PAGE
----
These engineering concepts were essential for a secure system because they allowed many users to share the computing resources (CPUs, RAM, disks, etc.) without interference. One user's mistakes did not percolate over into another user. The operating system handled the all the housekeeping and ensured that the entire computing system operated correctly even if an individual user did something stupid. The mainframe and minicomputer O/S was designed to detect and prevent that from happening and these technologies were maturing (c.f. Barry Schrager's work on RACF and AFC2 in the early 1970s at IBM).

imageThese critical engineering concepts were not included in the architecture of the home computer. Such technologies were very costly, memory-intensive, CPU-intensive and served no logical purpose for a home computer. More importantly, including these concepts in the desktop O/S served no economic purpose for the home computer. Price always drives the consumer market and there was simply no demand for such features.

The problem is that such features really need to be engineered in from the beginning in order to work properly. Adding them afterward is nearly impossible - and it has not occurred yet in the PC market. We are now living with the consequences of that.

5.8 Networking PCs Requires A Secure O/S

Once networking was expanded to include local networks of personal computers, then access control for personal computers became an issue. It now mattered who could access which computer and when they could do that. It now mattered who could access which specific resource of which machine and when. Privileges (what you're allowed to do) and quotas (how much of something you're allowed to use) now became important.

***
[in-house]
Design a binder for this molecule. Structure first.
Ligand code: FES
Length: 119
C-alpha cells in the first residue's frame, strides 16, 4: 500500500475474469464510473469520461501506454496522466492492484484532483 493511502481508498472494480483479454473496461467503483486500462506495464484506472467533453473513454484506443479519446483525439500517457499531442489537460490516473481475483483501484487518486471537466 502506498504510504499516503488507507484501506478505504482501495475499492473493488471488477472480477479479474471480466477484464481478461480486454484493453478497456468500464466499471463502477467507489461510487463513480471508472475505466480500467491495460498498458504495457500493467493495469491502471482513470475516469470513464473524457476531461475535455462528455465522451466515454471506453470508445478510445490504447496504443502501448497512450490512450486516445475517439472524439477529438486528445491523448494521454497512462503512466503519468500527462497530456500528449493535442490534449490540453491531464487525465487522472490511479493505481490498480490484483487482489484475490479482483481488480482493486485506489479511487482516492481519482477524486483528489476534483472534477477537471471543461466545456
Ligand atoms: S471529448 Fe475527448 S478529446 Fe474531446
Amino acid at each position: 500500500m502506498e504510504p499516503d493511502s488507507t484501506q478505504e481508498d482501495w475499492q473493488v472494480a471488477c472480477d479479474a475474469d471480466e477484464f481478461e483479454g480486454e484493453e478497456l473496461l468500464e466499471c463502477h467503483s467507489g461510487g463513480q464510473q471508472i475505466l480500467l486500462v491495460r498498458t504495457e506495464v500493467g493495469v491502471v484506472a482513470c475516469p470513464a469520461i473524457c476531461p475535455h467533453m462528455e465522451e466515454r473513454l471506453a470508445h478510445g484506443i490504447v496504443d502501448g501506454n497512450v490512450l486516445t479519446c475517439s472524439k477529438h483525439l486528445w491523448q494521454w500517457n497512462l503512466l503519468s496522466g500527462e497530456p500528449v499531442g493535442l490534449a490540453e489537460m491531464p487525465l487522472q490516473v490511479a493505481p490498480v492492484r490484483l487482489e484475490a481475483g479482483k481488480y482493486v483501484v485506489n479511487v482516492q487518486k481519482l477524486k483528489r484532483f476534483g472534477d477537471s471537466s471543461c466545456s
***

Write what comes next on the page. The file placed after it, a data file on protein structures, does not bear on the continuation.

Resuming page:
imageSo, the personal computer now needed a secure foundation and it just wasn't there. Usernames, passwords and some limited permission management were the best that could be done. However, such access control mechanisms were crude and easily defeated. There was no underlying security mechanism for the PC operating system and no easy way to add it either. The size of the installed base and the economics of the consumer market prevented the much-needed re-engineering of the desktop's operating system. Why bother to create it if you cannot sell it?